Unfortunately, the papyri are not, as a rule, explicit in their depiction of such ties. Both religious practices and the presence of Elect in the documentary texts generally have to be established indirectly, a point to which we return. Furthermore, in order to consider whether or how practices fit into a distinctly Manichaean framework, we have to put them in dialogue with other texts, and examine the way Manichaean traditions and the Kellis material can mutually illuminate each other. Such a synthetic approach has been challenged. Lim has argued that
[b]y insisting on the identification and recovery of Manichaeans across the centuries and the continents as one of their chief goals, scholars in the field are unwittingly joining forces with the likes of Augustine to create and sustain a master discourse about who and what the Manichaeans were.8
Below, we focus on the texts from Medinet Madi: sources that were produced in the vicinity of and broadly contemporary with the Manichaean community at Kellis. However, other texts, ranging from the writings of Augustine to Central Asian traditions, are also adduced and can be compared to these. It is argued that the evidence shows a degree of coherence that cannot simply be ascribed to scholarly reconstruction; rather, it reflects the institutions, or techniques for reproducing patterns of interaction, of a Manichaean church organisation.
The Berlin Kephalaia, in particular, provides several passages of interest. It is often seen as a ‘scholastic’ product, whose complicated doctrines were of little relevance to the daily lives of adherents. Certainly, its main purpose was to systematise cosmological and anthropological teachings, not to provide a blueprint for social interaction. However, it does provide insight into practices considered normative or taken for granted by the compilers: the institutional ‘templates’ that Manichaean leaders in late antique Egypt drew upon to construct a Manichaean social world.9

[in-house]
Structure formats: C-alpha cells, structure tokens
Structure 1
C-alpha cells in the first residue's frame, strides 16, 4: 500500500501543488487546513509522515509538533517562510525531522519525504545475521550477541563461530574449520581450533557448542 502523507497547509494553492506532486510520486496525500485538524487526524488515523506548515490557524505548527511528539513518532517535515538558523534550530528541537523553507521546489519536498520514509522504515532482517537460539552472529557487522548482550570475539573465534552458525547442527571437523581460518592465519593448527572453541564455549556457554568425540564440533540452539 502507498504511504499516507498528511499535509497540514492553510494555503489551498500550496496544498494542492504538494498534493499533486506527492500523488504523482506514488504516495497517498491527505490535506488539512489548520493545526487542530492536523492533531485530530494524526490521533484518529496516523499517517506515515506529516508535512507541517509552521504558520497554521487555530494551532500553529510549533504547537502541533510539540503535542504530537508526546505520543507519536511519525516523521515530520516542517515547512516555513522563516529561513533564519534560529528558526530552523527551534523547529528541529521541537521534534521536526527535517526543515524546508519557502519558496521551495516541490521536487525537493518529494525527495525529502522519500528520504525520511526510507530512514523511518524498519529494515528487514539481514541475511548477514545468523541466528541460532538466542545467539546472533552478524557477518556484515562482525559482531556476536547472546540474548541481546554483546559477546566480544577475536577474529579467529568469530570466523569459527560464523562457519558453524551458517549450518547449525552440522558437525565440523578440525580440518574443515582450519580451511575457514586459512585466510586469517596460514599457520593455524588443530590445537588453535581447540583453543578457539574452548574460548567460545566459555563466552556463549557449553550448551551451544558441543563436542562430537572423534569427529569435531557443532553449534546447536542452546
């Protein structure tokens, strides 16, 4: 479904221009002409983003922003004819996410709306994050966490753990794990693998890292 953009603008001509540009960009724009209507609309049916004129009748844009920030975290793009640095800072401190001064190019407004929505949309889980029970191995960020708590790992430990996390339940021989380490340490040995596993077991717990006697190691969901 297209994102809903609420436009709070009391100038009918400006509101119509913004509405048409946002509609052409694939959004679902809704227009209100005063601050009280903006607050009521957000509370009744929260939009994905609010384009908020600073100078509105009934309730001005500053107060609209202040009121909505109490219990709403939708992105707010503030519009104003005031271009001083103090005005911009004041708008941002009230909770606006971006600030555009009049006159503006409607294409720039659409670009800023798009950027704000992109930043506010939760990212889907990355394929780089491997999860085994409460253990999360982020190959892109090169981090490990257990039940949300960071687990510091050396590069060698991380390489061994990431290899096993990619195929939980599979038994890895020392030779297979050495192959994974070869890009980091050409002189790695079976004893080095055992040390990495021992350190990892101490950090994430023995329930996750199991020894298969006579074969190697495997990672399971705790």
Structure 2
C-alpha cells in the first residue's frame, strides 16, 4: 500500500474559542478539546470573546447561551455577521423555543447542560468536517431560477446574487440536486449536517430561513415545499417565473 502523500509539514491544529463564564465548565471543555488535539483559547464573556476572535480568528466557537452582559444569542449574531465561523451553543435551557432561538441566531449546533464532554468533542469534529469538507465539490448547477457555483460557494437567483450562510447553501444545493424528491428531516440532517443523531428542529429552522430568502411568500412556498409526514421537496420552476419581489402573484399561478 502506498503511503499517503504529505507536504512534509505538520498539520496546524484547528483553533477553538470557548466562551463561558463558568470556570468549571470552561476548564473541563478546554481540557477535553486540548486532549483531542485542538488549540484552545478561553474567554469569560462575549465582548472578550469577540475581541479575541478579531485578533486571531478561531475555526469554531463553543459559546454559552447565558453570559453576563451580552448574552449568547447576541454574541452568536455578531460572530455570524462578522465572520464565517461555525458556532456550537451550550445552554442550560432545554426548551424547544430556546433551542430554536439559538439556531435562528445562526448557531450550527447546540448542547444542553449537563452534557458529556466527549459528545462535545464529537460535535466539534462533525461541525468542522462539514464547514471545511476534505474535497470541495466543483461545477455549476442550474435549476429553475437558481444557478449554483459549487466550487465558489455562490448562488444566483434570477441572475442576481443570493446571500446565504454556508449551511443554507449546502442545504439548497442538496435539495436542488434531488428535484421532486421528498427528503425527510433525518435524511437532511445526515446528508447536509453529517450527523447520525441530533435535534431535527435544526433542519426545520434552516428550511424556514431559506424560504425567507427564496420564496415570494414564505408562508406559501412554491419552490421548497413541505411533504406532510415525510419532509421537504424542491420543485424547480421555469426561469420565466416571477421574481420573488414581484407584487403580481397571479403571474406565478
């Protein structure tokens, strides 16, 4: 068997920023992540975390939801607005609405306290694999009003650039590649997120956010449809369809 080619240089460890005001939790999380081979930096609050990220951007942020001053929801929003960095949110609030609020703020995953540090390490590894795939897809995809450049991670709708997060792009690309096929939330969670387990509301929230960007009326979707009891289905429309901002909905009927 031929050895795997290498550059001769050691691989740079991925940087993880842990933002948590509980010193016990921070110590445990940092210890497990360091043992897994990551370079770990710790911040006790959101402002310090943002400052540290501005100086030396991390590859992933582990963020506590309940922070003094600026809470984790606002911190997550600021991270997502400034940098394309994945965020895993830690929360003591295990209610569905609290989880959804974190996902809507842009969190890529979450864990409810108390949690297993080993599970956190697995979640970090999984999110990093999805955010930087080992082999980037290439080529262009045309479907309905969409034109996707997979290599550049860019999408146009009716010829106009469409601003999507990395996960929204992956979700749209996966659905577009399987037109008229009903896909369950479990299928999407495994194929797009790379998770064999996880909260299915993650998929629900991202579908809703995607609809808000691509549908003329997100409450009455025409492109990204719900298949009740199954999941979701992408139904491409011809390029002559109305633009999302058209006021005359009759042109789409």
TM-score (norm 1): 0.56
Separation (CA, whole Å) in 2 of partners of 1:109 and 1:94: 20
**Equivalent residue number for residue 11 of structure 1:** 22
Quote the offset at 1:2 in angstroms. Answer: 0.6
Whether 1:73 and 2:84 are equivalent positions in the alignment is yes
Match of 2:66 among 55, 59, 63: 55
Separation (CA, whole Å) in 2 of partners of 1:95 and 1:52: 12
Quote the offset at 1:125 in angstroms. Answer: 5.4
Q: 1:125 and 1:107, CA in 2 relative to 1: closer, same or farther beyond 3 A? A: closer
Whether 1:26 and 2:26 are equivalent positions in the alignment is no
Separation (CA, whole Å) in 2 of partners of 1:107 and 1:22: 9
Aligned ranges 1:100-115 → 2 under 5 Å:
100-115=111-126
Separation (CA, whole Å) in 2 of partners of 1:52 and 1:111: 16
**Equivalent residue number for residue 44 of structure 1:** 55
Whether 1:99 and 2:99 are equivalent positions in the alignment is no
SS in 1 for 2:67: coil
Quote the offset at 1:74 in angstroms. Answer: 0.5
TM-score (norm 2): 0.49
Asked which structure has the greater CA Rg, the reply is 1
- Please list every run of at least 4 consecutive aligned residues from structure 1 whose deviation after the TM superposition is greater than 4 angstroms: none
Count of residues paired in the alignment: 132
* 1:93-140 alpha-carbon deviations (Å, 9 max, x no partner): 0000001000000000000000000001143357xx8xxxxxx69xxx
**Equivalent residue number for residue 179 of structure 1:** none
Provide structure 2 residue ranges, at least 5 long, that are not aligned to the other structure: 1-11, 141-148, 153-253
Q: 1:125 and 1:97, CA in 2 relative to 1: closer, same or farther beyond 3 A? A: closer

1 Identifying Elect
Our first task here is to identify Manichaean actors and actions in Kellis, and in order to do so, we need some criteria. Identifying Elect should, in theory, not be too difficult – their ascetical regime was, after all, geared towards setting them apart from worldly society. Unfortunately, it has not left visible traces in the archaeology from House 1–3.10 Instead we have to rely on authors to identify themselves, or others, as Elect. Here, too, we encounter problems: such identity markers were often omitted in daily correspondences, as Malcolm Choat has noted.11 A further difficulty in the present context is limiting identification to monks of a specifically ‘Manichaean’ persuasion. Terms such as ‘righteous’ and ‘Elect’, current in scholarly literature and useful for separating them from mainstream Christian monks, do not appear as self-designations in the documentary corpus (although ‘Elect’ does occur in P.Kellis V Copt. 15, 16). This may be taken to signal the absence of Elect from Kellis, as recently argued by Mattias Brand, who has taken a minimalist view and only accepts the identification of Elect present in the Nile Valley.12 As we shall see below, however, there is ample reason to add several other figures to this list, some of whom were active in Kellis.